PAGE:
curious. why won't NAV+NPF catch them?
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Postby Justin42 on Thu Oct 23, 2003 4:41 pm

I am wondering if this is really a virus, even. NAV seems to be the product I hear about most often with regards to false-positives.

Can you uninstall NAV and either get a freeware virus scanner, or use one of the online ones (just disable NAV) for a "second opinion"?

I've been running Sun Javas for years and have never had a virus... (running the McAfee corporate line of virus scanners..) And it's not really Java "getting infected", those files are stored in Java's cache... you're probably going to a website that is infecting your machine with malicious Java code. It's like if a script file in your browser cache was really a virus, you'd see a virus in "Temporary Internet Files" or "Cache" but that doesn't mean the browser is infected...

What is the exact name of the virus that it's detecting now? (I searched Norton's site and couldn't find what you are describing)
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Postby Robotnik on Thu Oct 23, 2003 5:16 pm

AV software only catches virii which it knows about. A new virus could infect your computer in the time it takes for Symantec to learn about the virus, makes its signature available for download in an update to NAV and for you to actually download that update.
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Postby dodecahedron on Thu Oct 23, 2003 5:20 pm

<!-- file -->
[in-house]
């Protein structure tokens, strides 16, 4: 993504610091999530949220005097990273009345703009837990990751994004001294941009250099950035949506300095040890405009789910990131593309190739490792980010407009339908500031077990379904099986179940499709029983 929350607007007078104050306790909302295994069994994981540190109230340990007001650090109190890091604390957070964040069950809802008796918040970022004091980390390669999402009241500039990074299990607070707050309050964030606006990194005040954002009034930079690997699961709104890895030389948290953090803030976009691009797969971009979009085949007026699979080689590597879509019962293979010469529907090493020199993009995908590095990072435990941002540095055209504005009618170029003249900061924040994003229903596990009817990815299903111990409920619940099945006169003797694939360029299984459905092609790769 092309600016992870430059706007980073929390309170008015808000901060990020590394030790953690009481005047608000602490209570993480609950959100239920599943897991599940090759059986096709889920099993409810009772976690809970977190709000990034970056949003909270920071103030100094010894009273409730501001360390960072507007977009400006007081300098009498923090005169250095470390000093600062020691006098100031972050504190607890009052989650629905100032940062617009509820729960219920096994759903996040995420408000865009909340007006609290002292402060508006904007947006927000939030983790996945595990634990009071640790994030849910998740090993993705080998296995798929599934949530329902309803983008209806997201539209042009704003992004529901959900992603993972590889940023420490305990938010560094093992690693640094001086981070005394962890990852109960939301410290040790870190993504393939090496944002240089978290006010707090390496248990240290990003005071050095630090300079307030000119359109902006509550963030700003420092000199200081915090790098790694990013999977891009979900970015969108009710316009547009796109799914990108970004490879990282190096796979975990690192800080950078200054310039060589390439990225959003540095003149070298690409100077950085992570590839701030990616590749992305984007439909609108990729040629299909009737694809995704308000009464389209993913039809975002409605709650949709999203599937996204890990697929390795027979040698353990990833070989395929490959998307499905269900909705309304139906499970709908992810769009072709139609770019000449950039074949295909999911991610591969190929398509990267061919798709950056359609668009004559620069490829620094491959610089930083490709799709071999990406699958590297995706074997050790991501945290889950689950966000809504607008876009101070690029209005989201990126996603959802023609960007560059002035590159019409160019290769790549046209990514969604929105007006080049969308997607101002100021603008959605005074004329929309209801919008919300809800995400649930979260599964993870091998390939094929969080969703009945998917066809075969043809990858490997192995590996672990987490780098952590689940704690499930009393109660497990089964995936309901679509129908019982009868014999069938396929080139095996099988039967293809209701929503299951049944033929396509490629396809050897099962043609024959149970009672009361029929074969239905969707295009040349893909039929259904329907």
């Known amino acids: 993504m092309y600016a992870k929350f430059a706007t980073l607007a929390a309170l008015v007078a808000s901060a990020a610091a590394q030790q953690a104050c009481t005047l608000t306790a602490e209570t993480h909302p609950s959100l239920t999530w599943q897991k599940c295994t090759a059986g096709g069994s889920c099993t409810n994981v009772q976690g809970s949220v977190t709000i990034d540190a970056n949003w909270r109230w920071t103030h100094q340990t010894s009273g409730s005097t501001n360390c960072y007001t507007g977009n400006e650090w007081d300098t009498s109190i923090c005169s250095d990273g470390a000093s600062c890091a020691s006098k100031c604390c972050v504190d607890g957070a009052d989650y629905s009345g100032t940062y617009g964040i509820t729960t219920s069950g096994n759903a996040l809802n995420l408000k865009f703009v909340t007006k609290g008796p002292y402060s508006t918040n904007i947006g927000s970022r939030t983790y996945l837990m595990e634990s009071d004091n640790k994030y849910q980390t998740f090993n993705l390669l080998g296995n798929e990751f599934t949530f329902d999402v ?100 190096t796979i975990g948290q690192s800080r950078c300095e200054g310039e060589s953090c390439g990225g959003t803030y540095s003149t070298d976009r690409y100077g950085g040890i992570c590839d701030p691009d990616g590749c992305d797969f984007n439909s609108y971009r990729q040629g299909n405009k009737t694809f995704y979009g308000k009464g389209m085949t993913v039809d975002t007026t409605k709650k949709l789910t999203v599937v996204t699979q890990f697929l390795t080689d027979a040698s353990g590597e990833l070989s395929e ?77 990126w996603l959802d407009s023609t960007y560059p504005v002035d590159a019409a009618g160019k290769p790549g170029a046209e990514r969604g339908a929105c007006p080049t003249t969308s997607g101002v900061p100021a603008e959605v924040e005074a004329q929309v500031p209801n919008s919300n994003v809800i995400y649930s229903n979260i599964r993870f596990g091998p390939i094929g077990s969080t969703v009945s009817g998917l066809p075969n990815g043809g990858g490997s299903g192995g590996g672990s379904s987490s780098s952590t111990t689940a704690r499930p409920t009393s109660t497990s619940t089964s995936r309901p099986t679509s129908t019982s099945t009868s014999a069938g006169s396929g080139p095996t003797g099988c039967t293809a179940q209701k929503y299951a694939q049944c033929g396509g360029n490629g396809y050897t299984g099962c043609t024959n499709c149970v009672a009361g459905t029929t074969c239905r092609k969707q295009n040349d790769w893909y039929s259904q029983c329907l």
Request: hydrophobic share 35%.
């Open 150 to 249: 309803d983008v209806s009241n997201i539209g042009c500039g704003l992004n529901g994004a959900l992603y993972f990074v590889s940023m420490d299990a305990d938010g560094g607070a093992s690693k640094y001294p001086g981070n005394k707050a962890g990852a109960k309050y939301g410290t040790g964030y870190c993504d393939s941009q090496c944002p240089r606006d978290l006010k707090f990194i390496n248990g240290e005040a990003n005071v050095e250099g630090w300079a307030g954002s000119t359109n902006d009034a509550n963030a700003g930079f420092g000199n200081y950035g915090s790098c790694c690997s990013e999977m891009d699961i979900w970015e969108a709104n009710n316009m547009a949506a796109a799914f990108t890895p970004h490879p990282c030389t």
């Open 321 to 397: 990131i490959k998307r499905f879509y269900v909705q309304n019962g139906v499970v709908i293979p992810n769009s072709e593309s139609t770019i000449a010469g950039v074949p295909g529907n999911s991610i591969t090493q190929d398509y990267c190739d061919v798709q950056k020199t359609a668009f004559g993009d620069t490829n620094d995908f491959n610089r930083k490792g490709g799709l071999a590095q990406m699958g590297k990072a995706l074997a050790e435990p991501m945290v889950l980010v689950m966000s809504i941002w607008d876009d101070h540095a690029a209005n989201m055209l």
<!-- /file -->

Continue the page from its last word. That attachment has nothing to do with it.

Justin42 wrote:And it's not really Java "getting infected", those files are stored in Java's cache... you're probably going to a website that is infecting your machine with malicious Java code. It's like if a script file in your browser cache was really a virus, you'd see a virus in "Temporary Internet Files" or "Cache" but that doesn't mean the browser is infected...

yes. i was thinking maybe it's something like this.
i didn't think the Java 2 Runtime Environment, SE v1.4.2 itself is infected, but somehow malicious Java code is getting into my computer. the thing is that this has happened only twice, after i installed the Sun Java, and never happened before (when presumably i was using MS Java). of course this doesn't mean it's the Sun Java at fault, but i was thinking maybe it's more vulnerable???

hence also my question as to how to disable/uninstall Sun Java and re-enable MS Java.
as an aside: is there any benefit to using Sun Java over MS Java? any better?


as for the virus infections:

incident 1:
file: Colors.class, inside:
D:\Documents and Settings\xxx\Application Data\Sun\Java\Deployment\cache\javapi\v1.0\jar\tb.jar-796b13a3-19e66705.zip
virus: Downloader.Trojan
http://securityresponse.symantec.com/av ... rojan.html

incident 2:
files: Dummy.class, Parser.class, RunString.class inside:
D:\Documents and Settings\xxx\Application Data\Sun\Java\Deployment\cache\javapi\v1.0\jar\check.jar-3be13a1d-6ff4bf99.zip
files: Dummy.class, Parser.class, RunString.class inside: